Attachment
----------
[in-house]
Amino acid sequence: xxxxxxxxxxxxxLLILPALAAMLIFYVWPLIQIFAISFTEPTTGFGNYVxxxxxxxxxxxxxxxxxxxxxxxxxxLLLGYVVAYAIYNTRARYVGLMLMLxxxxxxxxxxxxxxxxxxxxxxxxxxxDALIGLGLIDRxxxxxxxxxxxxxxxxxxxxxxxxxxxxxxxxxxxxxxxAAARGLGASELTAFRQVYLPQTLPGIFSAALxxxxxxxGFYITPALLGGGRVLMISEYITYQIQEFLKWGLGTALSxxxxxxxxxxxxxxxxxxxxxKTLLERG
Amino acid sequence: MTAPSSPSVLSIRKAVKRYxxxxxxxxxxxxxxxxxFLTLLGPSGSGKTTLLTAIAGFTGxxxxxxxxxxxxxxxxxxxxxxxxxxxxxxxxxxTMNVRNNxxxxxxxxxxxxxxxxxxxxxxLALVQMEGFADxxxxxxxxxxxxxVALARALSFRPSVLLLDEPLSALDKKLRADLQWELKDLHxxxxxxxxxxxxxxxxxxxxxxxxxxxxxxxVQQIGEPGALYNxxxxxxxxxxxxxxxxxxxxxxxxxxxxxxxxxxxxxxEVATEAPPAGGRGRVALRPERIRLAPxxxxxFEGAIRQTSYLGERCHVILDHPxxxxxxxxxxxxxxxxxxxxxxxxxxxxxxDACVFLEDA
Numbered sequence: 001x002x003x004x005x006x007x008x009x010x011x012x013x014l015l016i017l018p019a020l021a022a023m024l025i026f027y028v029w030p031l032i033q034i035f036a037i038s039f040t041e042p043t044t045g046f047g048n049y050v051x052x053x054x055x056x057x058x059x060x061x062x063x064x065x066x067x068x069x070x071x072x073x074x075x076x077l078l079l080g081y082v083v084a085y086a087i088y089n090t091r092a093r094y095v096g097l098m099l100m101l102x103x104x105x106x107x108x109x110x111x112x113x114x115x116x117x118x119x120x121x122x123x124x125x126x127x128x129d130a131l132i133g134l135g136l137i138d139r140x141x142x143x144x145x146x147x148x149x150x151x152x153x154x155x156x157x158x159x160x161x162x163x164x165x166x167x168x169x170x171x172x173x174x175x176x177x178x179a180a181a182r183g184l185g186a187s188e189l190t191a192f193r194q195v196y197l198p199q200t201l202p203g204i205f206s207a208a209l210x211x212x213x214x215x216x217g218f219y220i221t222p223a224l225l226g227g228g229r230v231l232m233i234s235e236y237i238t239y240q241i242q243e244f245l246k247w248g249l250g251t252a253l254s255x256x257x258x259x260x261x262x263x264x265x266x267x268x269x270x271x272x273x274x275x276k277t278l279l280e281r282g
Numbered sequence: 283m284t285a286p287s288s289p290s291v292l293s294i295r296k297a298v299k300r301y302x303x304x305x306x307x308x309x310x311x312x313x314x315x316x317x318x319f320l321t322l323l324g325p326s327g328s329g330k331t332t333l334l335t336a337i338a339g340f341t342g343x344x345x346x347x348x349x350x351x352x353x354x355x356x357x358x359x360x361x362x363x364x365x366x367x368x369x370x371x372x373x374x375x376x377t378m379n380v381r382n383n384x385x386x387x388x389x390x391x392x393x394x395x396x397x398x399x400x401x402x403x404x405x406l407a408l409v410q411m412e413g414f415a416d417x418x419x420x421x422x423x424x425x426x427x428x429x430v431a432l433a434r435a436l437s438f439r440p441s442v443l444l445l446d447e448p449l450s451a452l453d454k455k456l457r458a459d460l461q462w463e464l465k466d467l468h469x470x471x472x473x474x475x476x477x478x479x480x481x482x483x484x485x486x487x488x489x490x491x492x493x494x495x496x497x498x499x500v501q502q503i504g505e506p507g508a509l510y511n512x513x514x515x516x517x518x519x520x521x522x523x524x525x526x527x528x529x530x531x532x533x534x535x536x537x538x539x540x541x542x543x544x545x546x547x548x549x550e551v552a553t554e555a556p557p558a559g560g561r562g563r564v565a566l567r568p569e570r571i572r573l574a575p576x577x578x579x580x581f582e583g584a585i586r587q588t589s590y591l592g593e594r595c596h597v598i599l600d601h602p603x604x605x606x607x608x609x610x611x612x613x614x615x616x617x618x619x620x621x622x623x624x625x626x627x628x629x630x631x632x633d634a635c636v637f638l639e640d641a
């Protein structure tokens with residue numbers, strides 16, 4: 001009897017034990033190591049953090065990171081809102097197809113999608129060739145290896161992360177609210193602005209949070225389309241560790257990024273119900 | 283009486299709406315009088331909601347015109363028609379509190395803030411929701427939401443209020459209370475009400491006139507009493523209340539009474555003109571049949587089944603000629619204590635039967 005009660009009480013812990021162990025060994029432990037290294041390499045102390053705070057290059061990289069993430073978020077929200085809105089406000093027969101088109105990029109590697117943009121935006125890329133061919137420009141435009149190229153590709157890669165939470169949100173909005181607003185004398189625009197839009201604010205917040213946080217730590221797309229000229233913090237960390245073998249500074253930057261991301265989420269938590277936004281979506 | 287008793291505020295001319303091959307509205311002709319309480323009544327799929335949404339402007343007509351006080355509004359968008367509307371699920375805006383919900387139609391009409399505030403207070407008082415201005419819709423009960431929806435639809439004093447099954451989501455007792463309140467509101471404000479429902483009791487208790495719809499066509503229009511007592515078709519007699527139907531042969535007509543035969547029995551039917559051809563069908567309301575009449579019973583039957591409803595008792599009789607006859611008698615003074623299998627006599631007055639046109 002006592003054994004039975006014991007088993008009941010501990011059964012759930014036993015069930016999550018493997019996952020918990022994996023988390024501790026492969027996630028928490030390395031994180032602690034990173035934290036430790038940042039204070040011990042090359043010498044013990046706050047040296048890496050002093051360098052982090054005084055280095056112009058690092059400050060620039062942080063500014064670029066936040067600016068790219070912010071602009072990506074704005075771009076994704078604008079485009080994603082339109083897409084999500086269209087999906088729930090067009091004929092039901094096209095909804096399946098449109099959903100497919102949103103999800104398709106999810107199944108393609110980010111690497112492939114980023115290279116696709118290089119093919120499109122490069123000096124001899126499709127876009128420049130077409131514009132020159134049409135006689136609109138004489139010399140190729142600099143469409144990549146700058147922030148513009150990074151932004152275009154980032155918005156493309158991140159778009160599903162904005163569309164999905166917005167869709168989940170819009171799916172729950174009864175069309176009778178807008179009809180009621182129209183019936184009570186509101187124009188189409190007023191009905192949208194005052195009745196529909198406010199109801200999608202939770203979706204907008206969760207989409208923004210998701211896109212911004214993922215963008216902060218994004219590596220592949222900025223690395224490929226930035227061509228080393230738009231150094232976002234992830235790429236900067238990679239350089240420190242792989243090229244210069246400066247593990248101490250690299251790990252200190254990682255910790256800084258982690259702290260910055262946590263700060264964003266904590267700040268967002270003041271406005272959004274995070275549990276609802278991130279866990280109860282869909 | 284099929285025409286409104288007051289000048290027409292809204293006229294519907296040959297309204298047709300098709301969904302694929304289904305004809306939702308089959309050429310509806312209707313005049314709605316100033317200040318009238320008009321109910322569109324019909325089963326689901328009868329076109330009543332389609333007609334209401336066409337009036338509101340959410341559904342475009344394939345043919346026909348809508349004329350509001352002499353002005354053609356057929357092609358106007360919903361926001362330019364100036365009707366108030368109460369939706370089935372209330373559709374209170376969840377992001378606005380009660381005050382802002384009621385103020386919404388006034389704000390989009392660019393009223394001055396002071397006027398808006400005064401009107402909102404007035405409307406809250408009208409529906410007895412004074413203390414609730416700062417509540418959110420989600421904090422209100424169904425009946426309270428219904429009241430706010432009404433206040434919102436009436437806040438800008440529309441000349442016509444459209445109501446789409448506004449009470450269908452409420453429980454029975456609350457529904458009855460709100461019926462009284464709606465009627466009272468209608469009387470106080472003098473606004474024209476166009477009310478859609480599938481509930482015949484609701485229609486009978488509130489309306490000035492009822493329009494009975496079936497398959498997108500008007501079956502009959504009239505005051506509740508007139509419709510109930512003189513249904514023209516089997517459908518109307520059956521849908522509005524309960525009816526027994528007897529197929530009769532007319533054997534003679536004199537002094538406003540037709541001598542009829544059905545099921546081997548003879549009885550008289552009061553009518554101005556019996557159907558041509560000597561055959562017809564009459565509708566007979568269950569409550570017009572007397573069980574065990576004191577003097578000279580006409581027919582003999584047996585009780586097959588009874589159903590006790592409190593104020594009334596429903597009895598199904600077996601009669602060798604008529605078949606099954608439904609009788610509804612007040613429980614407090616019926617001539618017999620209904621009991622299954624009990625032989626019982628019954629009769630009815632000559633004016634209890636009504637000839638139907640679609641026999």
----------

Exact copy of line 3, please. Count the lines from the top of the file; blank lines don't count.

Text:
Amino acid sequence: MTAPSSPSVLSIRKAVKRYxxxxxxxxxxxxxxxxxFLTLLGPSGSGKTTLLTAIAGFTGxxxxxxxxxxxxxxxxxxxxxxxxxxxxxxxxxxTMNVRNNxxxxxxxxxxxxxxxxxxxxxxLALVQMEGFADxxxxxxxxxxxxxVALARALSFRPSVLLLDEPLSALDKKLRADLQWELKDLHxxxxxxxxxxxxxxxxxxxxxxxxxxxxxxxVQQIGEPGALYNxxxxxxxxxxxxxxxxxxxxxxxxxxxxxxxxxxxxxxEVATEAPPAGGRGRVALRPERIRLAPxxxxxFEGAIRQTSYLGERCHVILDHPxxxxxxxxxxxxxxxxxxxxxxxxxxxxxxDACVFLEDA